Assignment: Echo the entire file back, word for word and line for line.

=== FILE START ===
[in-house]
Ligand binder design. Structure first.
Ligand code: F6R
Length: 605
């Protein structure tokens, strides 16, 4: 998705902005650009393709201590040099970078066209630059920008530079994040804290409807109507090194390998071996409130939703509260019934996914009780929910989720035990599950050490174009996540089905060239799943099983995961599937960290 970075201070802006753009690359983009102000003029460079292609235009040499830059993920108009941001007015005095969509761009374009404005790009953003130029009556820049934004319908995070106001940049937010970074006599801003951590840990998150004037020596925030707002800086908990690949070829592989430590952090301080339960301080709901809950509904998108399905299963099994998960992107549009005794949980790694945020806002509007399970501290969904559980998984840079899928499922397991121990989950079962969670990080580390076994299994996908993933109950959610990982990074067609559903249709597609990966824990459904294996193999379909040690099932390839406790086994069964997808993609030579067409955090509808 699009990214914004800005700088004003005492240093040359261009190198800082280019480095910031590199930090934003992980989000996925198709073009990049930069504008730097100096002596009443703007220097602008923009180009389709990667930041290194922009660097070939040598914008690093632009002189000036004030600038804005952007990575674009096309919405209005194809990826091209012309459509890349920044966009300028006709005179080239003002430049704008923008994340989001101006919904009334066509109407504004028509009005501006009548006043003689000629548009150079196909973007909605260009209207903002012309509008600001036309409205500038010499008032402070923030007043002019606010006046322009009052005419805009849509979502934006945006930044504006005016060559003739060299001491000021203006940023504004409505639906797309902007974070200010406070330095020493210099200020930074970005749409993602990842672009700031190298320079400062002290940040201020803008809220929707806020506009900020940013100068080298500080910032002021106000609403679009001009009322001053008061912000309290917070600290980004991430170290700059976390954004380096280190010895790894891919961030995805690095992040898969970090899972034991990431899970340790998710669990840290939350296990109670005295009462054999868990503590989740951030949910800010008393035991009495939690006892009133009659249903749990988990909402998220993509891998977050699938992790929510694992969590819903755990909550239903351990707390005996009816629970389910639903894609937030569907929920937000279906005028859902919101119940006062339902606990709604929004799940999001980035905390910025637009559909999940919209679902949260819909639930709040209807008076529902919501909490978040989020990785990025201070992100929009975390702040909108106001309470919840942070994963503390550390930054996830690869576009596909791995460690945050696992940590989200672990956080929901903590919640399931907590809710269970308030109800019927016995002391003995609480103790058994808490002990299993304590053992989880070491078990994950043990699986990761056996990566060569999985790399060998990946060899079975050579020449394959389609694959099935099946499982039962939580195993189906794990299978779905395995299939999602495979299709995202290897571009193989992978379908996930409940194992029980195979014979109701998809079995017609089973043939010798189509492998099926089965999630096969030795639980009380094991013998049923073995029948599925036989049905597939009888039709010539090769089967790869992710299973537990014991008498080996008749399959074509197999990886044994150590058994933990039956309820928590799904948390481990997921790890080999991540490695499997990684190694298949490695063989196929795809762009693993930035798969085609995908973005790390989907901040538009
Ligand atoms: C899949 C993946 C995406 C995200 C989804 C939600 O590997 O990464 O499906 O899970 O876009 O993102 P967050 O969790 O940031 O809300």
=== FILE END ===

[in-house]
Ligand binder design. Structure first.
Ligand code: F6R
Length: 605
């Protein structure tokens, strides 16, 4: 998705902005650009393709201590040099970078066209630059920008530079994040804290409807109507090194390998071996409130939703509260019934996914009780929910989720035990599950050490174009996540089905060239799943099983995961599937960290 970075201070802006753009690359983009102000003029460079292609235009040499830059993920108009941001007015005095969509761009374009404005790009953003130029009556820049934004319908995070106001940049937010970074006599801003951590840990998150004037020596925030707002800086908990690949070829592989430590952090301080339960301080709901809950509904998108399905299963099994998960992107549009005794949980790694945020806002509007399970501290969904559980998984840079899928499922397991121990989950079962969670990080580390076994299994996908993933109950959610990982990074067609559903249709597609990966824990459904294996193999379909040690099932390839406790086994069964997808993609030579067409955090509808 699009990214914004800005700088004003005492240093040359261009190198800082280019480095910031590199930090934003992980989000996925198709073009990049930069504008730097100096002596009443703007220097602008923009180009389709990667930041290194922009660097070939040598914008690093632009002189000036004030600038804005952007990575674009096309919405209005194809990826091209012309459509890349920044966009300028006709005179080239003002430049704008923008994340989001101006919904009334066509109407504004028509009005501006009548006043003689000629548009150079196909973007909605260009209207903002012309509008600001036309409205500038010499008032402070923030007043002019606010006046322009009052005419805009849509979502934006945006930044504006005016060559003739060299001491000021203006940023504004409505639906797309902007974070200010406070330095020493210099200020930074970005749409993602990842672009700031190298320079400062002290940040201020803008809220929707806020506009900020940013100068080298500080910032002021106000609403679009001009009322001053008061912000309290917070600290980004991430170290700059976390954004380096280190010895790894891919961030995805690095992040898969970090899972034991990431899970340790998710669990840290939350296990109670005295009462054999868990503590989740951030949910800010008393035991009495939690006892009133009659249903749990988990909402998220993509891998977050699938992790929510694992969590819903755990909550239903351990707390005996009816629970389910639903894609937030569907929920937000279906005028859902919101119940006062339902606990709604929004799940999001980035905390910025637009559909999940919209679902949260819909639930709040209807008076529902919501909490978040989020990785990025201070992100929009975390702040909108106001309470919840942070994963503390550390930054996830690869576009596909791995460690945050696992940590989200672990956080929901903590919640399931907590809710269970308030109800019927016995002391003995609480103790058994808490002990299993304590053992989880070491078990994950043990699986990761056996990566060569999985790399060998990946060899079975050579020449394959389609694959099935099946499982039962939580195993189906794990299978779905395995299939999602495979299709995202290897571009193989992978379908996930409940194992029980195979014979109701998809079995017609089973043939010798189509492998099926089965999630096969030795639980009380094991013998049923073995029948599925036989049905597939009888039709010539090769089967790869992710299973537990014991008498080996008749399959074509197999990886044994150590058994933990039956309820928590799904948390481990997921790890080999991540490695499997990684190694298949490695063989196929795809762009693993930035798969085609995908973005790390989907901040538009
Ligand atoms: C899949 C993946 C995406 C995200 C989804 C939600 O590997 O990464 O499906 O899970 O876009 O993102 P967050 O969790 O940031 O809300």